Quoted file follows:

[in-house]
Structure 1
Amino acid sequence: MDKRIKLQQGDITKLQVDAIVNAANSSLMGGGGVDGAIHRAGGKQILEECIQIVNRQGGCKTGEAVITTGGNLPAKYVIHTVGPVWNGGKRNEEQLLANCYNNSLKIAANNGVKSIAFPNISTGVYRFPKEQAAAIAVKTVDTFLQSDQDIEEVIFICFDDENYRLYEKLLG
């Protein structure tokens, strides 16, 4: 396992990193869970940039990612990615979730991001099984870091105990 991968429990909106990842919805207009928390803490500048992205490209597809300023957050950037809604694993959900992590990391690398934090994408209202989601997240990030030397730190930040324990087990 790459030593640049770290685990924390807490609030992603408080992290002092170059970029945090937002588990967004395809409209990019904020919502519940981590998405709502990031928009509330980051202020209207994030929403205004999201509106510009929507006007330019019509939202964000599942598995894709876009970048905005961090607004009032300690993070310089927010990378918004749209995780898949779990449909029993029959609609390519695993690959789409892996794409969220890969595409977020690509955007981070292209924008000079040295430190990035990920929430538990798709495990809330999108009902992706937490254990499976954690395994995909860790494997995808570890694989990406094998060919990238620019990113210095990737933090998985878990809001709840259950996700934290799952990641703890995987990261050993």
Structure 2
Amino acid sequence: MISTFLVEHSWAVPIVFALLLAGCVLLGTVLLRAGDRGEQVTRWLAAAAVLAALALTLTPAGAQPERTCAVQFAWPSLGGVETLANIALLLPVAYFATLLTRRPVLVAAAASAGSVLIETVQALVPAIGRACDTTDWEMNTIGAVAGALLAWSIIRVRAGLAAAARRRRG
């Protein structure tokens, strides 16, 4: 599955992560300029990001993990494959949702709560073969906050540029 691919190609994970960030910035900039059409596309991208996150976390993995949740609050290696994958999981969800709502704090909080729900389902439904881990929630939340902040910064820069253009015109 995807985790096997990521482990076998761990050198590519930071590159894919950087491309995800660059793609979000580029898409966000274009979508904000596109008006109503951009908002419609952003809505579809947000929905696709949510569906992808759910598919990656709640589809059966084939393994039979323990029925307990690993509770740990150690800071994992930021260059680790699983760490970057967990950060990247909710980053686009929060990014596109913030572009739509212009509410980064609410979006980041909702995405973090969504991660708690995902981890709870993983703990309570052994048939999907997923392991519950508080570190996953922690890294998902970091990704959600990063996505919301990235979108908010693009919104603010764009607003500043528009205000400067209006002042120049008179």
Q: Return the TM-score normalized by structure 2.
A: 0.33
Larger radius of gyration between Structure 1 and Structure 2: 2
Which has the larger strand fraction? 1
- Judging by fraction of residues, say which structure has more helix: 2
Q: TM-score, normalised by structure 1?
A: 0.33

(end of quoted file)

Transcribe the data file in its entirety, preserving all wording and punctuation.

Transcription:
[in-house]
Structure 1
Amino acid sequence: MDKRIKLQQGDITKLQVDAIVNAANSSLMGGGGVDGAIHRAGGKQILEECIQIVNRQGGCKTGEAVITTGGNLPAKYVIHTVGPVWNGGKRNEEQLLANCYNNSLKIAANNGVKSIAFPNISTGVYRFPKEQAAAIAVKTVDTFLQSDQDIEEVIFICFDDENYRLYEKLLG
């Protein structure tokens, strides 16, 4: 396992990193869970940039990612990615979730991001099984870091105990 991968429990909106990842919805207009928390803490500048992205490209597809300023957050950037809604694993959900992590990391690398934090994408209202989601997240990030030397730190930040324990087990 790459030593640049770290685990924390807490609030992603408080992290002092170059970029945090937002588990967004395809409209990019904020919502519940981590998405709502990031928009509330980051202020209207994030929403205004999201509106510009929507006007330019019509939202964000599942598995894709876009970048905005961090607004009032300690993070310089927010990378918004749209995780898949779990449909029993029959609609390519695993690959789409892996794409969220890969595409977020690509955007981070292209924008000079040295430190990035990920929430538990798709495990809330999108009902992706937490254990499976954690395994995909860790494997995808570890694989990406094998060919990238620019990113210095990737933090998985878990809001709840259950996700934290799952990641703890995987990261050993």
Structure 2
Amino acid sequence: MISTFLVEHSWAVPIVFALLLAGCVLLGTVLLRAGDRGEQVTRWLAAAAVLAALALTLTPAGAQPERTCAVQFAWPSLGGVETLANIALLLPVAYFATLLTRRPVLVAAAASAGSVLIETVQALVPAIGRACDTTDWEMNTIGAVAGALLAWSIIRVRAGLAAAARRRRG
């Protein structure tokens, strides 16, 4: 599955992560300029990001993990494959949702709560073969906050540029 691919190609994970960030910035900039059409596309991208996150976390993995949740609050290696994958999981969800709502704090909080729900389902439904881990929630939340902040910064820069253009015109 995807985790096997990521482990076998761990050198590519930071590159894919950087491309995800660059793609979000580029898409966000274009979508904000596109008006109503951009908002419609952003809505579809947000929905696709949510569906992808759910598919990656709640589809059966084939393994039979323990029925307990690993509770740990150690800071994992930021260059680790699983760490970057967990950060990247909710980053686009929060990014596109913030572009739509212009509410980064609410979006980041909702995405973090969504991660708690995902981890709870993983703990309570052994048939999907997923392991519950508080570190996953922690890294998902970091990704959600990063996505919301990235979108908010693009919104603010764009607003500043528009205000400067209006002042120049008179």
Q: Return the TM-score normalized by structure 2.
A: 0.33
Larger radius of gyration between Structure 1 and Structure 2: 2
Which has the larger strand fraction? 1
- Judging by fraction of residues, say which structure has more helix: 2
Q: TM-score, normalised by structure 1?
A: 0.33